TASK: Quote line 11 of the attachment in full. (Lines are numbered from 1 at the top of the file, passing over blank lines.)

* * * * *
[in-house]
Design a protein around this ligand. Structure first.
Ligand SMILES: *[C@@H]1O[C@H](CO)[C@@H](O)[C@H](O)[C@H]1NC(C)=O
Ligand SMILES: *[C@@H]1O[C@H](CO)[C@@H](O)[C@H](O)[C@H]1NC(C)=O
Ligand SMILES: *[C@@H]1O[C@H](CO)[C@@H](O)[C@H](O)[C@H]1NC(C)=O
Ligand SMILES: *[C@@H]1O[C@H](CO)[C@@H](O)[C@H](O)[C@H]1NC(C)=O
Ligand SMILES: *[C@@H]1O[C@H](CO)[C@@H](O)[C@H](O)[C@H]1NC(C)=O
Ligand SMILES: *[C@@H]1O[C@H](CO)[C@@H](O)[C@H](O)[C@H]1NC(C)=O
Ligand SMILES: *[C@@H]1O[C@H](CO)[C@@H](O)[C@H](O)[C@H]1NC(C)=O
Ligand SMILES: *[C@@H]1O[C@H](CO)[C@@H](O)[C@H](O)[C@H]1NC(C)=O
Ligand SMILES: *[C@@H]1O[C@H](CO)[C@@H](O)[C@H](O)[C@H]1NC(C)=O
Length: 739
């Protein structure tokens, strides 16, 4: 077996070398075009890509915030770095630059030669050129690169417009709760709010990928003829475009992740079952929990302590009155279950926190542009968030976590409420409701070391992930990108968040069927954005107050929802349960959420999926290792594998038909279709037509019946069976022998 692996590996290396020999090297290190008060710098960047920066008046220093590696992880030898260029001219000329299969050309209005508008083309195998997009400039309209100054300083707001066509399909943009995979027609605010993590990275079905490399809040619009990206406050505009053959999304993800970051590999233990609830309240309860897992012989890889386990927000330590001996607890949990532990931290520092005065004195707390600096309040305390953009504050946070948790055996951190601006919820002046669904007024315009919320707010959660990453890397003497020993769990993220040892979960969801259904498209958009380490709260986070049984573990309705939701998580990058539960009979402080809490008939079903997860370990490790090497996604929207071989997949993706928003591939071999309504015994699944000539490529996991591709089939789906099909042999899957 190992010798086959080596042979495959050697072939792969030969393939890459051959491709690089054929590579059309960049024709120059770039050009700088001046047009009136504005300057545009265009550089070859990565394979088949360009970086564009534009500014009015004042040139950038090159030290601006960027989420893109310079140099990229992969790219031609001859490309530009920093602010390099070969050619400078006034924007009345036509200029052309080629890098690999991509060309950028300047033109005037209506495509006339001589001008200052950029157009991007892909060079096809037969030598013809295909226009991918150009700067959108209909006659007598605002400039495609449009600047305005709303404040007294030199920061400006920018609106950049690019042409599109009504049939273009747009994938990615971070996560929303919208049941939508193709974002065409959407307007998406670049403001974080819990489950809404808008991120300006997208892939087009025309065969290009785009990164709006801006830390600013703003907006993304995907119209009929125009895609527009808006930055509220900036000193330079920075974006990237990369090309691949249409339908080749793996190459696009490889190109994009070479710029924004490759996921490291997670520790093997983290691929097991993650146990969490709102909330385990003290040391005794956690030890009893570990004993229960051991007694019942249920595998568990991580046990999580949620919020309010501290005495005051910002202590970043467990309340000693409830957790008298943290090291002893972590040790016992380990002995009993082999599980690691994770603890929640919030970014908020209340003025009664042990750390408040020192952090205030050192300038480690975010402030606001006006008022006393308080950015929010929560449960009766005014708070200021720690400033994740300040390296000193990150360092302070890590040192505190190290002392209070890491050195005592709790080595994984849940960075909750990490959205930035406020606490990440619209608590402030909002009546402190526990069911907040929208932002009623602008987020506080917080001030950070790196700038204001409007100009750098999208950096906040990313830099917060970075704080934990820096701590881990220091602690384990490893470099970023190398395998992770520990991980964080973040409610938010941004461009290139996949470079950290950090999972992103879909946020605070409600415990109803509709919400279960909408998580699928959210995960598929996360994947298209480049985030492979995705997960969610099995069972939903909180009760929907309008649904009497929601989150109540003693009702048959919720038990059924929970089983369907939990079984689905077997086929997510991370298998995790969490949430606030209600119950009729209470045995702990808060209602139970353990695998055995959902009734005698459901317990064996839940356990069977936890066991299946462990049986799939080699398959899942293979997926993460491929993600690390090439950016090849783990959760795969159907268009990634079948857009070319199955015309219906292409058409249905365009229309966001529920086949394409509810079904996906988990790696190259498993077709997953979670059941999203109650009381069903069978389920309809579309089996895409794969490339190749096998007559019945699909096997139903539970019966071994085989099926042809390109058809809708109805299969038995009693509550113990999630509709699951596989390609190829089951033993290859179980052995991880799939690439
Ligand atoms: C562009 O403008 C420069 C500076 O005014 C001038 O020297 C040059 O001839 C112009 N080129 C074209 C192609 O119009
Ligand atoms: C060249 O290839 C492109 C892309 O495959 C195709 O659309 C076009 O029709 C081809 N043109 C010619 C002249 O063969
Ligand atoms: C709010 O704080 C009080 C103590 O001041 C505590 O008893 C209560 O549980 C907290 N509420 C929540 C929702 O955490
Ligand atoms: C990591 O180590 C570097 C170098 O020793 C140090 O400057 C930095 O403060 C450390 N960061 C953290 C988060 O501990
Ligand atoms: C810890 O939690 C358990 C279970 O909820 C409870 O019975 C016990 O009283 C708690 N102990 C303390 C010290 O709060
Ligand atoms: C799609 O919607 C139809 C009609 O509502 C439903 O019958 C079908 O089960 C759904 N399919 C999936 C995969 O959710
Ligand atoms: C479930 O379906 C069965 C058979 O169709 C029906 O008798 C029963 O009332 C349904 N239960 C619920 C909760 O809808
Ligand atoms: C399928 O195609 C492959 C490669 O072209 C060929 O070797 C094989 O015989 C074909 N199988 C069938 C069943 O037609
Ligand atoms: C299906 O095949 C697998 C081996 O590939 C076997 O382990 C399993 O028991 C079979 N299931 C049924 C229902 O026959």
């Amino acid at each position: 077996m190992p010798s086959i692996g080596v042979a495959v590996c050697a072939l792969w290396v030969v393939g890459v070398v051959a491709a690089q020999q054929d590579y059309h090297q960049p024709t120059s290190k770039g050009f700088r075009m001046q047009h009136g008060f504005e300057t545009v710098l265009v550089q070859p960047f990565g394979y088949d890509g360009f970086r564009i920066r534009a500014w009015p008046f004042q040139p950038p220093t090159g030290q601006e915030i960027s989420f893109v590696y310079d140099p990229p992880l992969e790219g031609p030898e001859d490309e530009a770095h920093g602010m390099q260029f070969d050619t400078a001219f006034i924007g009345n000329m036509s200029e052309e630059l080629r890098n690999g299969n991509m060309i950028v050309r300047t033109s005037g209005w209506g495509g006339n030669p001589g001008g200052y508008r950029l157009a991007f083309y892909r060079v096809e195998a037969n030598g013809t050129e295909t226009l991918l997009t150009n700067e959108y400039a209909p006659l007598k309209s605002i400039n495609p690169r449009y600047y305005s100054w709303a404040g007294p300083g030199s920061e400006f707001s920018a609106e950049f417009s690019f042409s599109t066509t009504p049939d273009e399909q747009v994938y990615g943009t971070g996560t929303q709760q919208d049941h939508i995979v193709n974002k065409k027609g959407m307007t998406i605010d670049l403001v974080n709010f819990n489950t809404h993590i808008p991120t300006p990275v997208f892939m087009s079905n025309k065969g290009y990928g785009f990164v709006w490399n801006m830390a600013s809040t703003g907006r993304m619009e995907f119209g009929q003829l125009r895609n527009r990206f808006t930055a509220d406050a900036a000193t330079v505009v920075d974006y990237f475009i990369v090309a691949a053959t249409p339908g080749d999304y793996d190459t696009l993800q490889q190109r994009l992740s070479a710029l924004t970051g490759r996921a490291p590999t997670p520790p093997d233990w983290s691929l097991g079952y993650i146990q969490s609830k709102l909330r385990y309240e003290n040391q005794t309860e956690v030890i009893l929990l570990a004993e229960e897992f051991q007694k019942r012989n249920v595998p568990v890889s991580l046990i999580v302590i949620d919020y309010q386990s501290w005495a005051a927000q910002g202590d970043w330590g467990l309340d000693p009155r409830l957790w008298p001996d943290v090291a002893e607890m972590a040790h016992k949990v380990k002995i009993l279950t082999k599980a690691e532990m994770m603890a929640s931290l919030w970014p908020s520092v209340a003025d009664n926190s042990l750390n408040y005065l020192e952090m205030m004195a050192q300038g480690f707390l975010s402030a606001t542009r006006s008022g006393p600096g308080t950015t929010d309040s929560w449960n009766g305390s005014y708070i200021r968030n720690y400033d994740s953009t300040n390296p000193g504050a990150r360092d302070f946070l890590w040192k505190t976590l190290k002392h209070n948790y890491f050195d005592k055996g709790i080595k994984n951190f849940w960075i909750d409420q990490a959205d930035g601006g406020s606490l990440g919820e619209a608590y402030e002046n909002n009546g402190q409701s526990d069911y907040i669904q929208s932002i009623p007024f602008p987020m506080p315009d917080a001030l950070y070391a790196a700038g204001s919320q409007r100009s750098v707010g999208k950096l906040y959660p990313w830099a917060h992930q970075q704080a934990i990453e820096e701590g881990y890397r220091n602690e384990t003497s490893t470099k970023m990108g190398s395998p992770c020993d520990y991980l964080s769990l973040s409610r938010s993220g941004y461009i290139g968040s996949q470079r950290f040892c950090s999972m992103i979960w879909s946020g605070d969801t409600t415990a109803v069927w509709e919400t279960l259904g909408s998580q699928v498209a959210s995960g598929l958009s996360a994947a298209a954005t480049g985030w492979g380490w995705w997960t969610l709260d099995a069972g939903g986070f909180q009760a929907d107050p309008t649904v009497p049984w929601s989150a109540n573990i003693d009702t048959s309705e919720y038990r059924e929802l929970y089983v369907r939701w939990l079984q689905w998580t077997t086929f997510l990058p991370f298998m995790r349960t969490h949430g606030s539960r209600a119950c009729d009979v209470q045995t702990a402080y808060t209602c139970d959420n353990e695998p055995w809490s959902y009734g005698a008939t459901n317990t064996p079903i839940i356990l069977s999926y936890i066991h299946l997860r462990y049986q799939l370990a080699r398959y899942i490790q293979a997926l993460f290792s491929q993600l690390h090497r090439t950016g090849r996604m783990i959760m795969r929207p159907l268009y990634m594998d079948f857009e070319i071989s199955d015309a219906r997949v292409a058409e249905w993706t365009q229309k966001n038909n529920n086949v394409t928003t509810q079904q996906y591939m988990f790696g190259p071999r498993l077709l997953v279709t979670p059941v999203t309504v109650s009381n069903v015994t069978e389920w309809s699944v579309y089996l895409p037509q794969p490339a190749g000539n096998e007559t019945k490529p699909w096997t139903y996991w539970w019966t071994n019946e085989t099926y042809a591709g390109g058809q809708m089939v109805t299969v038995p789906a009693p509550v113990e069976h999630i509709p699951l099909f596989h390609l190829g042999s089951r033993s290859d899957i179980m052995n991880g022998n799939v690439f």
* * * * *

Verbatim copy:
Ligand SMILES: *[C@@H]1O[C@H](CO)[C@@H](O)[C@H](O)[C@H]1NC(C)=O